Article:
The developers of Cerber, a crypto ransomware tool that surfaced earlier this year, appear to be raking in money by distributing their malware through an affiliate network consisting of a large number of mostly unskilled threat actors.
Data collected by security vendor Check Point Software Technologies showed that in July alone, Cerber affiliates managed to extort $195,000 from victims across multiple countries -- mostly notably the Republic of Korea, United States, China, and Taiwan. A total of 161 affiliates used Cerber to infect about 150,000 computers during that period.
The developers of Cerber itself collected about $78,000, or 40%, of the total loot. The remaining 60% was split among the affiliates based on number of successful infections and the ransom payments each affiliate generated, Check Point said in an alert released this week.
“From a yearly perspective, the ransomware author’s estimated take is approximately $946,000—a significant sum,” the company noted in the alert. Victims on average had to pay 1 Bitcoin, or about $590 at current rates, to get the keys for decoding files that Cerber had encrypted.
The ransomware-as-a-service business model is a relatively new phenomenon in the cyber underground. It is a model that allows individuals with very little technical know-how to buy readymade ransomware kits for use against targets of their choice. Often, the developers of the malware allow the so-called affiliates to even specify the ransom amount they want from victims.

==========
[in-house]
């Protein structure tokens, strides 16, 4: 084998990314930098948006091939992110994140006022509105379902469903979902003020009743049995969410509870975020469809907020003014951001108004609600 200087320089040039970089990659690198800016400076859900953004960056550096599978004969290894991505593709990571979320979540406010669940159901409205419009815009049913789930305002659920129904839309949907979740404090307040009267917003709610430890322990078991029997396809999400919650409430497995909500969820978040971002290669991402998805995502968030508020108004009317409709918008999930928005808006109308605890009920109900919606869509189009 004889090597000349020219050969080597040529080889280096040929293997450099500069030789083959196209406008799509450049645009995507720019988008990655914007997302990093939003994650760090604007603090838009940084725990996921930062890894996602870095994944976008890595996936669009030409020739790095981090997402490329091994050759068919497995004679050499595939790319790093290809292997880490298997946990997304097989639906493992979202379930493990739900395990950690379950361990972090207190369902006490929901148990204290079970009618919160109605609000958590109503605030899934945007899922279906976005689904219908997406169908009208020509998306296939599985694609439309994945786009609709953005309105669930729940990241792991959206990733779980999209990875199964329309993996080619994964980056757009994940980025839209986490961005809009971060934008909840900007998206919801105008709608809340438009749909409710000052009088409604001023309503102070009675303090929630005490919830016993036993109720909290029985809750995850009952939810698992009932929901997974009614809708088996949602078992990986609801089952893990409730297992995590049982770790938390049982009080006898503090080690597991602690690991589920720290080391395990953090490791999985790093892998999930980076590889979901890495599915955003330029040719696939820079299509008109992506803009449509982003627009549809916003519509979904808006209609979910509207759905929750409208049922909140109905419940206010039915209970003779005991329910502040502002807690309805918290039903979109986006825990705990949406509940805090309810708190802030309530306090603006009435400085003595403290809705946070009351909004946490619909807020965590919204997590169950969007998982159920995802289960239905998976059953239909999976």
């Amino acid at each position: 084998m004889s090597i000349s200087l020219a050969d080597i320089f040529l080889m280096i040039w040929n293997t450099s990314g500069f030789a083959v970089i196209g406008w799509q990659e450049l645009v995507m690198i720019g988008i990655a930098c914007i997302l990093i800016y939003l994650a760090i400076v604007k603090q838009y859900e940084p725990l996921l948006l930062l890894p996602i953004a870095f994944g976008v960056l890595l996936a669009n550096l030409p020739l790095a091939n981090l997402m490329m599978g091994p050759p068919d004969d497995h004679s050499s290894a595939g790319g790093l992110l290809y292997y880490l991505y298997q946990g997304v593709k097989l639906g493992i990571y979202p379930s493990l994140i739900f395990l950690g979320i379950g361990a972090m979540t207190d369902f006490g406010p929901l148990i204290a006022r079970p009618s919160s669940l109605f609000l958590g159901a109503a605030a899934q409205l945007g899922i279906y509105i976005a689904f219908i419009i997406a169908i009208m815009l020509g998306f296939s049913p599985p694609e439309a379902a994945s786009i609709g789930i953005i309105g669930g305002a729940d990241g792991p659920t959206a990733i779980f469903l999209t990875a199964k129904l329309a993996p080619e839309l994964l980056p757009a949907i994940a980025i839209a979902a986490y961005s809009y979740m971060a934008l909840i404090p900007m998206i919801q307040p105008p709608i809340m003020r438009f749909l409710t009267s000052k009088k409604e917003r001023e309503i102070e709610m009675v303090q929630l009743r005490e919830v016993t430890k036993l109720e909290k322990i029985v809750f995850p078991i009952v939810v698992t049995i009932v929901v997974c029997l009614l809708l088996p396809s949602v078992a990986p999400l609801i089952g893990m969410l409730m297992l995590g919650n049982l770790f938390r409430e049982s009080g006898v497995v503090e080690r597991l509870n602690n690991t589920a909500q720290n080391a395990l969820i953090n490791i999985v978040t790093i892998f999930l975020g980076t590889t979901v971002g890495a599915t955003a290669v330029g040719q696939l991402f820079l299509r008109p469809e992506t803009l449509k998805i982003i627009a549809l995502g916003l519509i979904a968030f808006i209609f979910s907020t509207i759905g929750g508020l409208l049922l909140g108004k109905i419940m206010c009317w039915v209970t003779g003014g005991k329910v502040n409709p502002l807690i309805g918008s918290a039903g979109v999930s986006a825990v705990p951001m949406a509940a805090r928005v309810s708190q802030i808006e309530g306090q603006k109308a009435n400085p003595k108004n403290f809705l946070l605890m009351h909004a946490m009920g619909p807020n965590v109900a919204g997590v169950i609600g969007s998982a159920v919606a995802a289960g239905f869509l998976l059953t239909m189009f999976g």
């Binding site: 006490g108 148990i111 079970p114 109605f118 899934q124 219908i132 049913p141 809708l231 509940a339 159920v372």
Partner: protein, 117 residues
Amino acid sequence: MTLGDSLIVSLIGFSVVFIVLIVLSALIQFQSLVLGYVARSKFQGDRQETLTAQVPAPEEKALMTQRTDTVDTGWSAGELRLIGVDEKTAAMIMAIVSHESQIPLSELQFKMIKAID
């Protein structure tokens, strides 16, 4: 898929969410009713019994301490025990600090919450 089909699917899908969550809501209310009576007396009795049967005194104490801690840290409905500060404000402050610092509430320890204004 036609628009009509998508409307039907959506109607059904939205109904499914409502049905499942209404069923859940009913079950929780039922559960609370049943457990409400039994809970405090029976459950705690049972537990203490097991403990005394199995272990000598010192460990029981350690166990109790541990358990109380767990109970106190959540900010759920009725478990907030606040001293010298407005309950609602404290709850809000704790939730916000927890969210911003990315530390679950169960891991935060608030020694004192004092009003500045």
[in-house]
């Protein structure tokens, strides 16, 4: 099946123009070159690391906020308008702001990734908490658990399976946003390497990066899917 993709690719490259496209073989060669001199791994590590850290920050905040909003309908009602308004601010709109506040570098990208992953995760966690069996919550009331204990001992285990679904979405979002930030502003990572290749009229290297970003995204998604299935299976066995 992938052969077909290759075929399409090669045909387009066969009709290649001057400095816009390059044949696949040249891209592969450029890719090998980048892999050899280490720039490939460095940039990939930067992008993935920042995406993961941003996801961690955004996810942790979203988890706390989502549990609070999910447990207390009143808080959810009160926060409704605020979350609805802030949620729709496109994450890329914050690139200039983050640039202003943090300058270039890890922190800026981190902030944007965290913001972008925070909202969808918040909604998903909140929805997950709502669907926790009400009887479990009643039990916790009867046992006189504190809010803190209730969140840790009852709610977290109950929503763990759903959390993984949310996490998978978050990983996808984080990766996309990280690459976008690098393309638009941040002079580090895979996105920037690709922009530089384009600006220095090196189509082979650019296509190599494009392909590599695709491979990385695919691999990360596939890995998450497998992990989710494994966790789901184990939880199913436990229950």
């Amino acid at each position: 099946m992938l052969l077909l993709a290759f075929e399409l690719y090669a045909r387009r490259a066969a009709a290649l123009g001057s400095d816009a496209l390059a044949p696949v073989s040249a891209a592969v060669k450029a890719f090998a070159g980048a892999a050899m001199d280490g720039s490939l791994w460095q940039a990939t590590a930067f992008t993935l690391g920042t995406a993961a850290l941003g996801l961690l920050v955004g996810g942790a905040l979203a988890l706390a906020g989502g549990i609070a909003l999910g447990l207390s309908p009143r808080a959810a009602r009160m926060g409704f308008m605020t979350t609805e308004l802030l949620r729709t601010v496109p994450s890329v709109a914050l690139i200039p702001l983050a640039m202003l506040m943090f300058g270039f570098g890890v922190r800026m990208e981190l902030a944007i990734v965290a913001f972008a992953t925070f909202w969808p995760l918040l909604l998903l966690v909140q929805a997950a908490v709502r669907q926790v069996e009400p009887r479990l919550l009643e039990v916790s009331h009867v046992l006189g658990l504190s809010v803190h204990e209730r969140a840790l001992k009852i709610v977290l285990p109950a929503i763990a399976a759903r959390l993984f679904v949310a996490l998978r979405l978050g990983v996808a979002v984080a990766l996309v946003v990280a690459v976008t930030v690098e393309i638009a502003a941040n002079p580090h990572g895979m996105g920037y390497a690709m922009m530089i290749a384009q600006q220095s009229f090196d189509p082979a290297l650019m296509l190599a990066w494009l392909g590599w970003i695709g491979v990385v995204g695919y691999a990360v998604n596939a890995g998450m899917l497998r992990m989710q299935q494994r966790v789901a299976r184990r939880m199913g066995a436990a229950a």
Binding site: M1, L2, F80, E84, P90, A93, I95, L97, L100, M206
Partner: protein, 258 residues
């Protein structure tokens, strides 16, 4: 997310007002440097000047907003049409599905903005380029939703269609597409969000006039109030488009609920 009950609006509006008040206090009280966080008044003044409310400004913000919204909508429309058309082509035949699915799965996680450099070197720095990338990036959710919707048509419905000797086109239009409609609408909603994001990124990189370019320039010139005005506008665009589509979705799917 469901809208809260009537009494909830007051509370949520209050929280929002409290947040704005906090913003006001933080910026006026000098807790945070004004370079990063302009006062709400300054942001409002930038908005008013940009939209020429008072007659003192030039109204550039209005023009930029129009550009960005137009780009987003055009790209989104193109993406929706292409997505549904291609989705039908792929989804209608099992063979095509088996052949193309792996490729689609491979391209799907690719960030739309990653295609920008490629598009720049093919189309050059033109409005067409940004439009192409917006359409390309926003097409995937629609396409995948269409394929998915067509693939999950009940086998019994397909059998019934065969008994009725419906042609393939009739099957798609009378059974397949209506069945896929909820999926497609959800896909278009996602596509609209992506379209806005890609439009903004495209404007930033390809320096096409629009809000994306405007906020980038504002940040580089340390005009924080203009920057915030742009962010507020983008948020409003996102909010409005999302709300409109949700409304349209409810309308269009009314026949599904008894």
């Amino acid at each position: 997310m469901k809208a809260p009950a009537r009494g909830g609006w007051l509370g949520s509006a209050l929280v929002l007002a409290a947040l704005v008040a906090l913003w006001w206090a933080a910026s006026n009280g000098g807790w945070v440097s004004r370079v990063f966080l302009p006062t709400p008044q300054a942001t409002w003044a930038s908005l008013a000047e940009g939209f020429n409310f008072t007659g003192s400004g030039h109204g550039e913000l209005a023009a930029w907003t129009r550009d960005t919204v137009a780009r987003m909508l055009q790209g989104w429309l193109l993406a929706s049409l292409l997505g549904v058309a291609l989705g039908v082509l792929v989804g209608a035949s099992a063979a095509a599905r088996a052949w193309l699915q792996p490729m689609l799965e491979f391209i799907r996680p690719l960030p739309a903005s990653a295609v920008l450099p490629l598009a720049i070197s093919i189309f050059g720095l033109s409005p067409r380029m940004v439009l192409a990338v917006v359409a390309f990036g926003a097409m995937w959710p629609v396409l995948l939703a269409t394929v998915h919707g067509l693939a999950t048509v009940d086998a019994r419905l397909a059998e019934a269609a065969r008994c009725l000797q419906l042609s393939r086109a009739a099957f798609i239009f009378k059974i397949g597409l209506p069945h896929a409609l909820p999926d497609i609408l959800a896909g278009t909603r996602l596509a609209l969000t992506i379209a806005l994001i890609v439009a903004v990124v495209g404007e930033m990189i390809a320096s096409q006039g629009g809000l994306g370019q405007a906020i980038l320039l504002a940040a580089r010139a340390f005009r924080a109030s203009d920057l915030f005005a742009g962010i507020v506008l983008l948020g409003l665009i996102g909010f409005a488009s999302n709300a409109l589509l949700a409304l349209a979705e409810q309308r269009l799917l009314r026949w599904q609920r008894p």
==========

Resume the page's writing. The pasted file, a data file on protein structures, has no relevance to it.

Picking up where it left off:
Any ransom amounts that are paid by the victim go directly to the developers of the malware who take a cut from it and then pass the rest along to the affiliate. The cuts can range anywhere from 20- to 40% of the total ransom. In the case of Cerber, the developers of the malware are using a bitcoin mixing service—a sort of money laundering tactic—to keep identities hidden from the affiliates using their malware, according to Check Point.
The ransomware service model has significantly lowered the barriers to entry for aspiring cybercriminals and given malware developers a new way to monetize their wares. “Even the most novice hacker can easily reach out in closed forums to obtain an undetected ransomware variant and the designated set of command and control (C&C) infrastructure servers required to easily manage a successful ransomware campaign,” Check Point said in its report.
Just this week Symantec warned of another ransomware tool whose developers appear to have taken the same approach as those behind Cerber. The new ransomware -- dubbed Shark -- is currently available for free in underground forums. Individuals that use the tool to extort money from victims pay a 20% cut to the developers.
According to Symantec, Shark is being distributed through a professional-looking website that provides would-be criminals details on how to download and use the malware.
For enterprises, the main takeaway is that the ransomware business is vastly growing, says Maya Horowitz, group manager of threat research at Check Point. “It is now not only spread by threat actors who are capable of creating their own malware, but also by less technically skilled actors who merely purchase this service.”
Horowitz says the presence of more actors in this space will lead to more attacks. “So for organizations, it emphasizes the need to create backups and to deploy strong security measures.”
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